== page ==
You know you should eat more whole grains. But actually doing it? That’s another story. Even if you start out the day strong with a breakfast of whole grain cereal or toast, racking up grains as the day goes on can seem like a major challenge – especially at dinnertime. I mean, who wants to wait 45 minutes for a pot of brown rice to simmer when you’re in a massive hurry to get dinner on the table?
That’s why I was so excited to attend the Oldways Whole Grains Council’s “Whole Grains Away From Home” conference last week. For two days I learned about all kinds of new, inspiring – and yummy – ways to cook with whole grains. And as it turns out, getting your daily dose is easier – and faster – than you think! There are plenty of whole grains that you can whip up in 20 minutes flat (or less!). Plus, they freeze surprisingly well. So cook up a big potful and freeze the extras in little baggies or single-serve containers. Then you’ll always have a stash on hand to toss into soup, salad, or yogurt parfaits.
If you’re intrigued but always thought that whole grains take forever to cook, give these quick cooking grains a try. They’ll have you in and out of the kitchen in less time than it takes to whip up a pot of white rice, with way more flavor:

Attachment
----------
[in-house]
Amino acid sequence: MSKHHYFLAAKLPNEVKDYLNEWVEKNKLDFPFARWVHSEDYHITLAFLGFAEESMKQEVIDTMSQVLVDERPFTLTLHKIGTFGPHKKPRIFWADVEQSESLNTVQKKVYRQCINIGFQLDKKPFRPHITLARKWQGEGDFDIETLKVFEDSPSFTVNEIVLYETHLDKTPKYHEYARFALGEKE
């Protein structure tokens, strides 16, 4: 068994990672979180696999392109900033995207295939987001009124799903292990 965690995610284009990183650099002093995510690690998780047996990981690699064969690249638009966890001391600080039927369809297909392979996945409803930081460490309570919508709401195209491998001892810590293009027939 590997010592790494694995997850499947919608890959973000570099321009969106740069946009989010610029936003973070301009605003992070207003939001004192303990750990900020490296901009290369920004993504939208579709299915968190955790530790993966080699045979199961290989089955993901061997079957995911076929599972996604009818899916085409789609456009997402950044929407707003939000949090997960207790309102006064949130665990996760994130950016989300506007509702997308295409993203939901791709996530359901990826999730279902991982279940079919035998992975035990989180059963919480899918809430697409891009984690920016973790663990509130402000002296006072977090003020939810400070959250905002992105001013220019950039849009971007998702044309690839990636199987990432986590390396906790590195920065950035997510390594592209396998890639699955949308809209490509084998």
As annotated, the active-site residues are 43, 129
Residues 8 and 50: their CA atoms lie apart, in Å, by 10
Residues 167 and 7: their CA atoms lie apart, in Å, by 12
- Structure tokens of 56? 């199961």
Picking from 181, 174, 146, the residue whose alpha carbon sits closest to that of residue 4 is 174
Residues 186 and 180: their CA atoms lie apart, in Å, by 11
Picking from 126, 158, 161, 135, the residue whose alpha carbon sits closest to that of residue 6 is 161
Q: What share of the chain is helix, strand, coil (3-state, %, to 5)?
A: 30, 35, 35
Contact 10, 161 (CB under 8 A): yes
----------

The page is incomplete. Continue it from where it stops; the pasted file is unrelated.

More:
Try it in place of cornmeal in polenta and top it with sautéed cremini mushrooms and sage. Yum!
Cooking time: 15-20 minutes.
Grain to water ratio: 1 cup amaranth to 2 cups liquid (gives you 2 ½ cups cooked).
This pre-cooked, cracked wheat could be the world’s quickest cooking grain. Make a better-for-you burger by subbing in cooked bulgur wheat for ¼ of the meat you’d normally use.
Cooking time: 10-12 minutes.
Grain to water ratio: 1 cup bulgur to 2 cups liquid (gives you 3 cups cooked).
Freekeh can be a little harder to find in stores (I order mine from Amazon), but it’s so worth tracking down. You’ll love its chewy texture, which makes it perfect for salads. Try it in a baby kale or baby spinach salad with tart dried cherries, pinenuts and balsamic vinaigrette.
Cooking time: 20-25 minutes.
Grain to water ratio: 1 cup cracked freekeh to 2-1/2 cups liquid (gives you 2-1/2 cups cooked).
Quinoa is one of a small handful of plant foods that contains complete protein, the kind of high-quality protein that you can usually only get from meat, poultry, fish or dairy. My favorite way to make it is by swapping in OJ for half the water – so citrusy and delicious!
Cooking time: 15 minutes.
Grain to water ratio: 1 cup quinoa to 2 cups liquid (gives you 3 cups cooked).